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Pediatric Rhabdomyosarcoma

  • Author: Timothy P Cripe, MD, PhD, FAAP; Chief Editor: Max J Coppes, MD, PhD, MBA  more...
 
Updated: May 01, 2016
 

Practice Essentials

Rhabdomyosarcoma (RMS) is the most common soft tissue sarcoma in children (see the image below). In patients with localized disease, overall 5-year survival rates have improved to more than 80% with the combined use of surgery, radiation therapy, and chemotherapy.[1] However, in patients with metastatic disease, little progress has been made in survival rates, with a 5-year, event-free survival rate of less than 30%.

Axial CT scan of rhabdomyosarcoma in the left midd Axial CT scan of rhabdomyosarcoma in the left middle ear. Image provided by Suresh Muhkerji, MD, Department of Radiology, University of North Carolina Hospitals.

Essential update: New drug combinations may benefit patients with higher-risk rhabdomyosarcoma

In a phase II trial of 87 patients with rhabdomyosarcoma who had experienced a first relapse or disease progression and whose prognosis was unfavorable, temsirolimus (Torisel) proved superior to bevacizumab (Asvastin) as add-on therapy. At 6 months, event-free survival in these patients, whose prognosis was unfavorable, was 65% with temsirolimus versus 50% with bevacizumab, when these agents were added to a chemotherapy regimen of vinorelbine and cyclophosphamide.[2, 3]

At 6 months, the response rate also favored temsirolimus (47.4% vs 27.5%) as did the number of complete responses (5 vs 4) and the number of partial responses (13 vs 7). The rate of progressive disease was also better with temsirolimus (28% vs 10%).[2, 3]

In a second study of 461 children with intermediate-risk rhabdomyosarcoma, adding irinotecan to combination treatment with vincristine, dactinomycin, and cyclophosphamide (VAC) did not improve overall or event-free survival. However, the regimen containing irinotecan resulted in a lower rate of hematologic toxicity and cumulative dose of cyclophosphamide.[2, 4]

Signs and symptoms

Rhabdomyosarcoma usually manifests as an expanding mass. Tumors in superficial locations may be palpable and detected relatively early, but those in deep locations (eg, retroperitoneum) may grow large before causing symptoms.

Symptoms depend on the location of the tumor, and pain may be present. Typical presentations of nonmetastatic disease, by location, are as follows:

  • Orbit: Proptosis or dysconjugate gaze [5]
  • Paratesticular: Painless scrotal mass
  • Prostate: Bladder or bowel difficulties
  • Uterus, cervix, bladder: Menorrhagia or metrorrhagia
  • Vagina: Protruding polypoid mass (botryoid, meaning a grapelike cluster)
  • Extremity: Painless mass
  • Parameningeal (ear, mastoid, nasal cavity, paranasal sinuses, infratemporal fossa, pterygopalatine fossa): Upper respiratory symptoms or pain [6]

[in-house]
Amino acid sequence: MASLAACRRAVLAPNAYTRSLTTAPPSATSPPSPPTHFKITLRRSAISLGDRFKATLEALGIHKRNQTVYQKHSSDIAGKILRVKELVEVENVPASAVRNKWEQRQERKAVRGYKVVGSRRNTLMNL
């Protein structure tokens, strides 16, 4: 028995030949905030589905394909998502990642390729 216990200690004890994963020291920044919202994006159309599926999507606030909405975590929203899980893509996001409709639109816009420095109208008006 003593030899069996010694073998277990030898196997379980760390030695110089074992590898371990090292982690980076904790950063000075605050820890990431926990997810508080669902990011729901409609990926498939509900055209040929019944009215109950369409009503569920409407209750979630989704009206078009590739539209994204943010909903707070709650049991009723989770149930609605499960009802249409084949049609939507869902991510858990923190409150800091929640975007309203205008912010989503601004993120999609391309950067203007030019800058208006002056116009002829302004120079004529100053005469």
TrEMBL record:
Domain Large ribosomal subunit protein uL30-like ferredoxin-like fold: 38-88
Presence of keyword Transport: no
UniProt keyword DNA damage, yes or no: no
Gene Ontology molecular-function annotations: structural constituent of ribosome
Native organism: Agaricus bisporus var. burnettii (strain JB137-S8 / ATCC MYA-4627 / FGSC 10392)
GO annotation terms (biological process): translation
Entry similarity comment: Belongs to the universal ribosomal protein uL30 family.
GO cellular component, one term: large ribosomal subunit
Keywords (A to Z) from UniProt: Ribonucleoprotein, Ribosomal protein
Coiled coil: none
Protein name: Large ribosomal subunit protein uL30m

Metastatic disease may cause the following symptoms:

  • Bone pain
  • Respiratory difficulty (secondary to lung nodules or to pleural effusion)
  • Anemia
  • Thrombocytopenia
  • Neutropenia

Disseminated rhabdomyoblasts in the bone marrow may mimic the symptoms and light microscopic findings of leukemia.

See Clinical Presentation for more detail.

Diagnosis

Lab studies

  • Complete blood count (CBC): Anemia may be present because of inflammation, or pancytopenia may be present from bone marrow involvement
  • Liver function tests: Including lactic acid dehydrogenase (LDH), aspartate aminotransferase (AST), alanine aminotransferase (ALT), alkaline phosphatase, and bilirubin levels; metastatic disease of the liver may affect values of these proteins
  • Renal function tests: Including blood urea nitrogen (BUN) and creatinine levels
  • Urinalysis : Hematuria may indicate involvement of the genitourinary tract
  • Blood electrolyte and chemistry: Including sodium, potassium, chlorine, carbon dioxide, calcium, phosphorous, and albumin values

Liver and renal function, as well as blood electrolytes and chemistry, must be assessed before chemotherapy.

Genetic studies

  • Fluorescent in situ hybridization (FISH)
  • Reverse transcriptase–polymerase chain reaction (RT-PCR) assay: When FISH is unavailable or uninformative

Imaging studies

  • Plain radiography
  • Computed tomography (CT) scanning
  • Magnetic resonance imaging (MRI)
  • Bone scanning
  • Ultrasonography
  • Echocardiography

Biopsy

  • Open or core needle biopsy: To obtain tissue sampling for diagnosis and molecular studies
  • Bone marrow aspiration and biopsy: To assess for metastatic spread to bone marrow

See Workup for more detail.

Management

Treatment for patients with rhabdomyosarcoma involves a combination of surgery, chemotherapy, and radiation therapy.

Primary tumor

If possible, complete excision of the lesion should be performed with a wide (2-cm) margin of healthy tissue (although wide margins of normal tissue often are impossible to achieve at certain sites, such as the head and neck).

Most patients with rhabdomyosarcoma require radiation therapy to achieve adequate local control, though this treatment is not usually performed until after initial surgical resection and the start of chemotherapy.